Americans are accustomed to thinking that World War II ended on August 14, 1945, when the Japanese surrendered unconditionally. Yet on the mainland of Asia, in the vast arc stretching from Manchuria to Burma, peace was a brief, fretful interlude. In some parts of Asia, such as Java and Southern Indonesia, only a few weeks passed before new fighting broke out between nationalist forces and the former colonial powers. In China, a fragile and incomplete peace lasted only a few months, and peace fared no better in Northern Indochina and Korea. The result was years of grim and bitter struggles, during which many suffered far more greatly than they had during the war itself. In the Ruins of Empire is a sequel to the author's well-known Eagle Against the Sun. In it, Ronald Spector describes how Vietnamese farmers struggled to survive another war with the French, while U.S. soldiers and marines were amazed to find themselves sent to China and Korea instead of back to their hometowns. In the meantime, five million Japanese soldiers, farmers, and diplomats who were stranded on mainland Asia found themselves in new roles as insurgents, victims, mercenaries, and peacekeepers.
Much of the material in this book has never been published before, and it casts new and startling light on events that shook the countries of Asia. Spector examines recently released material on these events from Soviet and Chinese archives and two top-secret intelligence records released by the United States, as well as newly available Japanese documents. In addition, the author chronicles the individual stories of some of the Americans who were sent in to rescue prisoners of war and to tend to the surrender and repatriation of millions of Japanese.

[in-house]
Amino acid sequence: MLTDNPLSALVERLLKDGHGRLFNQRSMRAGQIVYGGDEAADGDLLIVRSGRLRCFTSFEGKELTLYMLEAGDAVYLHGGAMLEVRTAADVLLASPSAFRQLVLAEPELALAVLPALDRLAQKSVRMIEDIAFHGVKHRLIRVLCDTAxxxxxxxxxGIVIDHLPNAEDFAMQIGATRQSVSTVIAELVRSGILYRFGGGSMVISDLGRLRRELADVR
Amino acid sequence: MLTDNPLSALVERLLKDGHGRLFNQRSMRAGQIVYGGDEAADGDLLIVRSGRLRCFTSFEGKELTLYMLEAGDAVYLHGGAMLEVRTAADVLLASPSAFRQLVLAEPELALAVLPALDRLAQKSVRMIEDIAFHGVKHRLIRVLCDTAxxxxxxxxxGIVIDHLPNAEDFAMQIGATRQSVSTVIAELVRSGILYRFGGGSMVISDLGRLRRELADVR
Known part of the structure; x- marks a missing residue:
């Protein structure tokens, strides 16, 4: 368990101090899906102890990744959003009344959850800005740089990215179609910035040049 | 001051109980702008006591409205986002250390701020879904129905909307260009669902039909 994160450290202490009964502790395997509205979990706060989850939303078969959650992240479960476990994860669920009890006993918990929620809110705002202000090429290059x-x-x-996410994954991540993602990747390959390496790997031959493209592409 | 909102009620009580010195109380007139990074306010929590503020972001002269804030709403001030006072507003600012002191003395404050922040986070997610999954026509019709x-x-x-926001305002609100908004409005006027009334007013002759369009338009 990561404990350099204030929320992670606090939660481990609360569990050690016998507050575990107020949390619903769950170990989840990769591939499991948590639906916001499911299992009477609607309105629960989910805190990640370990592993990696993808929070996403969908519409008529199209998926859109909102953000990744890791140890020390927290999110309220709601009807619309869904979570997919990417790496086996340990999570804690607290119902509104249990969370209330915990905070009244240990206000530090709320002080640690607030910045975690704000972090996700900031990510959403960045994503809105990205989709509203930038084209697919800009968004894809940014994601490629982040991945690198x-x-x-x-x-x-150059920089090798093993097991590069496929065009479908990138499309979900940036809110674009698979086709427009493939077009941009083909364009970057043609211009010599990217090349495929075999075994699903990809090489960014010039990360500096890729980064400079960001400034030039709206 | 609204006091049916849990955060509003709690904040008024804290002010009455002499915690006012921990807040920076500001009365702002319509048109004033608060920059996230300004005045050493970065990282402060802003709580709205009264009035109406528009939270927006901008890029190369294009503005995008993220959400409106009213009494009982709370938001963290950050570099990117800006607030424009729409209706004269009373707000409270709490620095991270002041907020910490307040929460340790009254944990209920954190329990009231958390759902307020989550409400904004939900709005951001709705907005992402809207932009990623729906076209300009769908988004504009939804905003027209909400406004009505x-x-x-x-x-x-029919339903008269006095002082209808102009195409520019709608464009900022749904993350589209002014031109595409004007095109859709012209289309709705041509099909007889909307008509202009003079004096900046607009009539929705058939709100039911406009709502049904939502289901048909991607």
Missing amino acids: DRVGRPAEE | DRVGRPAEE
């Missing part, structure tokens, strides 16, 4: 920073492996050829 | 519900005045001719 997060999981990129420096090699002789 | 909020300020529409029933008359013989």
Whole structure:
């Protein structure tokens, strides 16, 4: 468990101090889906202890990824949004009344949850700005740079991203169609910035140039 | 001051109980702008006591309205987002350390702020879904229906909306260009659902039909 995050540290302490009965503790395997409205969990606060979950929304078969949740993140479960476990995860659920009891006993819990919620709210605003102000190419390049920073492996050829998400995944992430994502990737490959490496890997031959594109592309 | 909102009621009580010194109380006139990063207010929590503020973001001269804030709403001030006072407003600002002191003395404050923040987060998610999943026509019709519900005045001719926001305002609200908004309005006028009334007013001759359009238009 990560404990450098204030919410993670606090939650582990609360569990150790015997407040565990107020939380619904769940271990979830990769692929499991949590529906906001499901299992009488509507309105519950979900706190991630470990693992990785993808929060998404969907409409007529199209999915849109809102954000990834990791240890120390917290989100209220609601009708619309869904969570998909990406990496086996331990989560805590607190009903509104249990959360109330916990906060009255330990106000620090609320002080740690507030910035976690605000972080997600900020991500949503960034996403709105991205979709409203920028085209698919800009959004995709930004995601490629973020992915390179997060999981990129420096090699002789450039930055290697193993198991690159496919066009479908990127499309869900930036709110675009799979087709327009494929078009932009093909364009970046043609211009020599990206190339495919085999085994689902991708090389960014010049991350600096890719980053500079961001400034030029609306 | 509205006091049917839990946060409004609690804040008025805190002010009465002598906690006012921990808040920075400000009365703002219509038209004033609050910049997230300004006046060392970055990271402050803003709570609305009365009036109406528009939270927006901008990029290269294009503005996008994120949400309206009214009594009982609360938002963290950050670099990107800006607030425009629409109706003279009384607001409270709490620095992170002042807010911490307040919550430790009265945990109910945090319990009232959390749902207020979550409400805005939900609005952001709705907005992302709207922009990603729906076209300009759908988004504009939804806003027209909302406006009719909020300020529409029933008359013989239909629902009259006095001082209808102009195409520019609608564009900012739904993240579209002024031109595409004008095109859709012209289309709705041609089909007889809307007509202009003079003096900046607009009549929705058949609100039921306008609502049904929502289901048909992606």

The fighting wasn't over when the Japanese surrendered at the end of WWII. Spector traces the links between the fall of the Japanese Empire and the rise of communism in China, Korea, and Vietnam, and change throughout Asia. Michael Prichard reads like an old-time radio announcer, hitting home Spector's points in a clear voice. Even so, the narrative gets bogged down in detail at times, making for a challenging listening experience. Spector wraps up his account by applying the lessons of post-WWII Asia to the current Iraq situation. Overall, the production is interesting and presented well; still, listeners should be prepared for some serious historical study.
"Enthralling....A painful lesson backed with impressive research and delivered with Spector's usual wit and insight." (Publishers Weekly)
"The battles fought all over postwar Asia, as recounted by a historian whose last three books have been History Book Club main selections." (Library Journal)
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Informative, but not an engrossing listen